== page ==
“Our patients that we serve here — the thing that’s most useful for them is to have all services under one roof,” Teegala said.
The center paired with Willoughby through a national match program. During the match, potential pharmacy residents rank their choices of where they would like to practice, and vice versa.
Both Rocking Horse and Willoughby ranked the other as a number one choice.
Dr. Andrew Straw, an assistant professor of pharmacy at Cedarville, will oversee the new residency program as director. Although there will not be a physical pharmacy at Rocking Horse, Straw said the services the program will provide are crucial.
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He said the resident will spend at least 40 minutes with each patient who is referred to them and walk through a comprehensive management plan. Pharmacy residents will also have the opportunity to improve existing services for patients and create new ones.
Willoughby said the one-on-one relationship was something that drew him to Rocking Horse unlike retail pharmacies where people don’t have a lot of interaction with the pharmacists behind the counter.
“I was really looking for a residency that would allow me to have a direct patient interaction,” Willoughby said. “One component of this residency is you actually get to have appointments with patients and spend time with them going through their medications.”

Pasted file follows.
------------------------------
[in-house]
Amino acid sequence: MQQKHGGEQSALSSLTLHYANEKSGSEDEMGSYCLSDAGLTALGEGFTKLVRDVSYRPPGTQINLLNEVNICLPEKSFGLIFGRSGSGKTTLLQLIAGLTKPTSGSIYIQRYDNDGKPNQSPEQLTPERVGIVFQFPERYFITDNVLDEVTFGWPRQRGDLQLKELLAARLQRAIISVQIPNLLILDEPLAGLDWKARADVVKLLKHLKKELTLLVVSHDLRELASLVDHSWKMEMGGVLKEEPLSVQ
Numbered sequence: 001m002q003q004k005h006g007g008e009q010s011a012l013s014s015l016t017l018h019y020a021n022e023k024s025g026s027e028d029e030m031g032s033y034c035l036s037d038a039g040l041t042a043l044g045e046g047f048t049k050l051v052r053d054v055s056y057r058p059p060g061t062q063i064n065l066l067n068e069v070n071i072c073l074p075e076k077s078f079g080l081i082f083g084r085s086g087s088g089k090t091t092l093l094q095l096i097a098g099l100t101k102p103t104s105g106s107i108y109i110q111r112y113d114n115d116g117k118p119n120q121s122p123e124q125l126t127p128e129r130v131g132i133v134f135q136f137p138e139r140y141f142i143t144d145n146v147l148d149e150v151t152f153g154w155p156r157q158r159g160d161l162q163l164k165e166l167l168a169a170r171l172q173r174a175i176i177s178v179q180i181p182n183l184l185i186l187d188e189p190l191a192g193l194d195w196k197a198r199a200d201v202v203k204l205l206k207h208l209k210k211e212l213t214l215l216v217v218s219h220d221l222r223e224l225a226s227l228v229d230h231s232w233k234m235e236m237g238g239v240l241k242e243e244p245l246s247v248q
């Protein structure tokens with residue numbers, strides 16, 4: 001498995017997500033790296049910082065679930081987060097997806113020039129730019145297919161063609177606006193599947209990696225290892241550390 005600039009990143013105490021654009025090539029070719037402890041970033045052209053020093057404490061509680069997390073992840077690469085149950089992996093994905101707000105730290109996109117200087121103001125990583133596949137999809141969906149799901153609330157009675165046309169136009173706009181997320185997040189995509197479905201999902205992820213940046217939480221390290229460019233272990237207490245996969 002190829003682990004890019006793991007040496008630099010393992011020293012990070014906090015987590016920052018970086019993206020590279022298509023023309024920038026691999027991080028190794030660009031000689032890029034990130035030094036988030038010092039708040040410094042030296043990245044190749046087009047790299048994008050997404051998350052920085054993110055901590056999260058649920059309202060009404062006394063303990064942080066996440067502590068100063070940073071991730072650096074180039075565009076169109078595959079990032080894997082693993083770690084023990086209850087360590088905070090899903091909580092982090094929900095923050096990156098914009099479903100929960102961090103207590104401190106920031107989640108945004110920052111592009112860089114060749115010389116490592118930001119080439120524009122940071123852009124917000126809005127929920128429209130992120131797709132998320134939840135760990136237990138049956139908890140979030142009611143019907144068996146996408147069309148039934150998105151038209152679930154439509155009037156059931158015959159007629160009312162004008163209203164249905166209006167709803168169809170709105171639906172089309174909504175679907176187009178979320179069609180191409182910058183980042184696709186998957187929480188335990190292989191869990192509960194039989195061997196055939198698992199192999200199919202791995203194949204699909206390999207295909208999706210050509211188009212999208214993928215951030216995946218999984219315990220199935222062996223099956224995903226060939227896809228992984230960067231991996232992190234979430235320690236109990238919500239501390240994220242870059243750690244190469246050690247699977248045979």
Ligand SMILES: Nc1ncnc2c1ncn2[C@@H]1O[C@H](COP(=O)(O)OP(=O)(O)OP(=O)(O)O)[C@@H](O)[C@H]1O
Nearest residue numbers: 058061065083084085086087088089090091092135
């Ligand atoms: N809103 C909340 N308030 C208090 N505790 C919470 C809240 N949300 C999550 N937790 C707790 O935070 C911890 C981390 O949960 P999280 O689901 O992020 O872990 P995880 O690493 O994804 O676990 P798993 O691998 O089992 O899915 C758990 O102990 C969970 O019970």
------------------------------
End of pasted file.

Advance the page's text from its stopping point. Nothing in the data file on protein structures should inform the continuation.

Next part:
Willoughby mentioned that one of his goals during his time at Rocking Horse will be to improve Springfield’s low scores in state health outcome tests.
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Clark County ranks near the bottom quarter of Ohio counties on a national health survey, but did improve three spots from last year’s ranking, a previous Springfield News-Sun article reported.
After a year, the residency program will restart with another pharmacy resident who matches with Rocking Horse.
Recently, Rocking Horse added dental care and increased addiction care to their services. The center serves over 13,500 patients at their four locations.